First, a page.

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Cormoran in Cornwall
Why speak of Cornwall when we know The Running Grave is largely set in London and Norfolk? Well, perhaps not for Strike 7, but I have reasons to believe that we will be coming back to Cormoran’s home county before the series ends. At some time between April and June 2020, J. K. Rowling followed the twitter accounts of two Cornish gardens: Trebah (@trebahgarden) and Glendurgan (@NTGlendurgan), both within the parish of Mawnen approximately three miles south of Falmouth. It is likely that she visited while scouting locations in Falmouth and St Mawes for Troubled Blood, but no other organisations, sites, hotels or pubs have had this honour. Following the accounts of non-political organisations is unusual for Rowling (unless they are particularly amusing), so I must conclude she was very taken with the gardens.
A garden in the correct location does make a cameo appearance in Troubled Blood, but this is hardly explanation enough.
‘And where would your garden be,’ asked Strike, ‘without tourists?’
‘Be ansom,’ said Polworth promptly, ‘We get a ton of local visitors, plenty of repeat business.’
Polworth had recently resigned from a managerial position in an engineering firm in Bristol to work as head gardener in a large public garden a short distance along the coast.
Troubled Blood p19
So I believe we will see a return to Cormoran’s home county, and we will see more of Dave Polworth’s place of work.
Cornwall and the Genesis of Cormoran Strike
Beatrice Groves has written about the Cornish origin of both the names: Strike and Cormoran.
Rowling has said that she found the name Strike “in a slim book about Cornwall.” My best guess is that the slim volume is Cornish Short Stories, which contains a murder mystery entitled “Corporal Strike.” Strike’s military title, the story’s genre, and the protagonist’s one-legged father, at least, all form tempting connections.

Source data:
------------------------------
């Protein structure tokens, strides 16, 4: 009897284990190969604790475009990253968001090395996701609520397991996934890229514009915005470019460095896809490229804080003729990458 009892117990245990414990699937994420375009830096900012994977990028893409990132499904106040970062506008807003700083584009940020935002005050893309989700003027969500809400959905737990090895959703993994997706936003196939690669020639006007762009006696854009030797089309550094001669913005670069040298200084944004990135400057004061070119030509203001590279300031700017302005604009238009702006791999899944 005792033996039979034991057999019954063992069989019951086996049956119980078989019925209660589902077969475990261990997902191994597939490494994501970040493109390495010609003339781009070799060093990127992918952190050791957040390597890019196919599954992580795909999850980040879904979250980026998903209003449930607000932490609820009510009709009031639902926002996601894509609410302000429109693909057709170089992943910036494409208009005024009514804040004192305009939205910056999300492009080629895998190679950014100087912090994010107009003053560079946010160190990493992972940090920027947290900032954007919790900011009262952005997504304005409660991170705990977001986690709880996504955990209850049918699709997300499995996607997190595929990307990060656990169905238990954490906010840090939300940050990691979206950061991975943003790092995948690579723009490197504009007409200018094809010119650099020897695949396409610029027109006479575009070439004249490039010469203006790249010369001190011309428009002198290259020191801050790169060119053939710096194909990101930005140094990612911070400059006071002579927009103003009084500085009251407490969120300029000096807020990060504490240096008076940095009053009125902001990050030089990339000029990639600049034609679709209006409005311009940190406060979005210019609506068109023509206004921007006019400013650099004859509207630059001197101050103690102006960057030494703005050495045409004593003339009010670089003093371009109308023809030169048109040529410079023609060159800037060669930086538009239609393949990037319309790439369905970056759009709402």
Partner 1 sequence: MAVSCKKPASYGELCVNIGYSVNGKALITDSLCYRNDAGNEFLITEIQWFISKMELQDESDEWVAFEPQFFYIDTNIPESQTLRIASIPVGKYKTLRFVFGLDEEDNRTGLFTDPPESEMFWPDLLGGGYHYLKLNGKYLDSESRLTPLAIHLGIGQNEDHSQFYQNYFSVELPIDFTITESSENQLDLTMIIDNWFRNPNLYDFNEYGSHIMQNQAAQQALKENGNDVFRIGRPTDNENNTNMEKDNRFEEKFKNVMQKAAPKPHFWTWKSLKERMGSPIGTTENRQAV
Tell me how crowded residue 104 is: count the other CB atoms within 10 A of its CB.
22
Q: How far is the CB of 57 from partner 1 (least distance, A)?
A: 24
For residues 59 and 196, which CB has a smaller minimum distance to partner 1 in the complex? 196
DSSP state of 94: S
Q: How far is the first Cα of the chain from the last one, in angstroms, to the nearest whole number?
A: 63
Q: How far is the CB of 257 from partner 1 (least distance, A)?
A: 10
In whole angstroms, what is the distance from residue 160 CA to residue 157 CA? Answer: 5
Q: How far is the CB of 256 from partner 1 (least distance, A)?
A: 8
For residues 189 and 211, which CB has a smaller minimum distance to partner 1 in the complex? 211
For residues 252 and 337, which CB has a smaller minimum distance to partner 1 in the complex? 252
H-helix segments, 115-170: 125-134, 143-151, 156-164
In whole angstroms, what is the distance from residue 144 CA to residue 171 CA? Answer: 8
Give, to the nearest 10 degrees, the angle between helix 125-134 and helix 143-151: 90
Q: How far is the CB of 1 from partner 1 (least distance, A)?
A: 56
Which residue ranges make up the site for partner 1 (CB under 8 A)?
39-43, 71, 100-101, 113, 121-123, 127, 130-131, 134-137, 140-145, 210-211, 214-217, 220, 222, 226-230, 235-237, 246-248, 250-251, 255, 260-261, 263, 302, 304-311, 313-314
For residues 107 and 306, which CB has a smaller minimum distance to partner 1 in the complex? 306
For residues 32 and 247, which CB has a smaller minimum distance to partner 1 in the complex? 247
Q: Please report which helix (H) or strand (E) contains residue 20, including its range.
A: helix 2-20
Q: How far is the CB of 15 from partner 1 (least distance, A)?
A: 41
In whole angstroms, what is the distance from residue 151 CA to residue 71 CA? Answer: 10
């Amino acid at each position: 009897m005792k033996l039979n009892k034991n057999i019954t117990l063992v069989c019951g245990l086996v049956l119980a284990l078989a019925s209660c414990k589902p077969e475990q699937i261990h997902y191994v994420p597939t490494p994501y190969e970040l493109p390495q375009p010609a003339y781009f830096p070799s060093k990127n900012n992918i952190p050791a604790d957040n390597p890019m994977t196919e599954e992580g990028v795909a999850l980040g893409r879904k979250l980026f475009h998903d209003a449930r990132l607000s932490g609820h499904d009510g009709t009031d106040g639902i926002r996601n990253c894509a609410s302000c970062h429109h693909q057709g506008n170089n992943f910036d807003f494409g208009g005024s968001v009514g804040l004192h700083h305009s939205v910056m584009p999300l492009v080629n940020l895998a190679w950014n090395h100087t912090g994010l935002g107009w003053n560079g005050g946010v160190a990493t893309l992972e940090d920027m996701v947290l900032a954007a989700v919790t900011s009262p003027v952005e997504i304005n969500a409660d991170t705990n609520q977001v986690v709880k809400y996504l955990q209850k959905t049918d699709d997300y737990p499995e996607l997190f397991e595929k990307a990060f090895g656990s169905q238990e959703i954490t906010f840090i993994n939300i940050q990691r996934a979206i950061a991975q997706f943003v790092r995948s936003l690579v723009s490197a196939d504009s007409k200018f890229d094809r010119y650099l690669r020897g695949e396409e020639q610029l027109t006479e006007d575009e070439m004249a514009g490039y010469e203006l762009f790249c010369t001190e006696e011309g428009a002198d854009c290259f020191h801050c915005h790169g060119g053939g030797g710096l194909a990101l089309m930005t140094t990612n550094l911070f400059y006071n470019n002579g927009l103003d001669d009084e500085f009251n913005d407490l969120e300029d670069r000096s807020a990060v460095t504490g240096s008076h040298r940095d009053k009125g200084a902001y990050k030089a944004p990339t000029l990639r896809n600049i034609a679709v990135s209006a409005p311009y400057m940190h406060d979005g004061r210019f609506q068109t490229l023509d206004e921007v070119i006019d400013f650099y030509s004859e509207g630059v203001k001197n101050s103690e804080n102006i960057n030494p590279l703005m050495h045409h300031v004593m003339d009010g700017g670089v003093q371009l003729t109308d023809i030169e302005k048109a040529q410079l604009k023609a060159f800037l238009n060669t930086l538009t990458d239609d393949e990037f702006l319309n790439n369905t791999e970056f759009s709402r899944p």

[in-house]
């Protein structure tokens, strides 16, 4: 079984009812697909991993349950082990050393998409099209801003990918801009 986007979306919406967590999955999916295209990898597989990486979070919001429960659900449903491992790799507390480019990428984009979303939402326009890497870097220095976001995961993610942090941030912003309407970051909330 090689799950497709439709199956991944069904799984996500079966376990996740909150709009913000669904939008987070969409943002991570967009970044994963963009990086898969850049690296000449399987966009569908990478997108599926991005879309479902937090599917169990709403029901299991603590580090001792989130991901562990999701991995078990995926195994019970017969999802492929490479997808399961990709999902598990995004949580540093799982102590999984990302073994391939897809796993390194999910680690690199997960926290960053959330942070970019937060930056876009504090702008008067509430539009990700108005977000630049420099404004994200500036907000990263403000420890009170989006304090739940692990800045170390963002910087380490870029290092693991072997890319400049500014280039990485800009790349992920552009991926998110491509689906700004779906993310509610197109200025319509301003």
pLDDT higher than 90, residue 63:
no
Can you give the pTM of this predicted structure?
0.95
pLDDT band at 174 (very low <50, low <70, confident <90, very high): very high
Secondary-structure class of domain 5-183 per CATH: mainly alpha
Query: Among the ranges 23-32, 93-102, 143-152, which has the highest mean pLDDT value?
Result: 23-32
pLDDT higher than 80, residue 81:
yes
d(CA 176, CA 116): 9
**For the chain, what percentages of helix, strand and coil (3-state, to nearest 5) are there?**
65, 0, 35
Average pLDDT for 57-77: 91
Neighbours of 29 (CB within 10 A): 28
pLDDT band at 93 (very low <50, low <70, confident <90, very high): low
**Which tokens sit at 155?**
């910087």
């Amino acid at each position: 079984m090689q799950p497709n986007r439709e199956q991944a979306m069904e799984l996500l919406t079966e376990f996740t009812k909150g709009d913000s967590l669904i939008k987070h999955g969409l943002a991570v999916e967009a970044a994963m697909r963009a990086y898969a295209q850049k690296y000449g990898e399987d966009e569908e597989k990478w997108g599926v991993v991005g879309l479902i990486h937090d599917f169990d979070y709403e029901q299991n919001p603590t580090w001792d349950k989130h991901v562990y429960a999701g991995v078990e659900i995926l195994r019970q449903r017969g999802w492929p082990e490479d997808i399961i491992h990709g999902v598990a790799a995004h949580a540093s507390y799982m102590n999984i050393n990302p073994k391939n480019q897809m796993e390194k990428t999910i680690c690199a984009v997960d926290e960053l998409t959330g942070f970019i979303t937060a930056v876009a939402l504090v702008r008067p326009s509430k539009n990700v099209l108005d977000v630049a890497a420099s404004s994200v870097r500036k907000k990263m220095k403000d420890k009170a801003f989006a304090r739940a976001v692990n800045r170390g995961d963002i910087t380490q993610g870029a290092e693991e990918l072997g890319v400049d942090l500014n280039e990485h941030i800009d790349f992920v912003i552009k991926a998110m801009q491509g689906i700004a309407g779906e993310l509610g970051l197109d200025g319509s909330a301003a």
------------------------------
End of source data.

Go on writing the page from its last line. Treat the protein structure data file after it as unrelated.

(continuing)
Beatrice Groves “Troubled Blood” in Cornwall
Cormoran is the legendary giant of St Michael’s Mount:
‘Have a seat,’ Fisher said to Strike, and he began to flit around the bookshelves that lined the walls. ‘Didn’t he live in St Michael’s Mount, the giant Cormoran?’
‘Yeah,’ said Strike. ‘And Jack’s supposed to have killed him. Of beanstalk fame.’
‘It’s here somewhere,’ said Fisher, still searching the shelves. ‘Folk Tales of the British Isles. Have you got kids?’
The Silkworm p41
Cormoran is a fascinating name, and probably of great antiquity. The name of course is cornish and means "blackberry giant", with cor meaning giant and moran meaning berry. Strictly morandu is blackberry, and his wife Cormelian means clover giant. The Cornish name for St Michael's Mount is Carrek Loos un Coos meaning grey rock in the wood, and refers back to prehistoric times when the bay was a low lying forest. It seems likely that Cormoran and Cormelian were originally pre-Christian nature spirits and this might appeal to Leda.1
A local legend tells that Cormoran constructed St. Michael’s Mount. According to folklore, he carried white granite from the mainland, at low tide, to build the island. The giant’s wife, Cormelian, assisted by carrying stones in her apron. When Cormoran fell asleep from exhaustion, she fetched greenstone from a nearer source. When she was halfway back, Cormoran awoke to discover her bringing different stones than he wanted, and kicked her. The stones fell from her apron and formed Chapel Rock.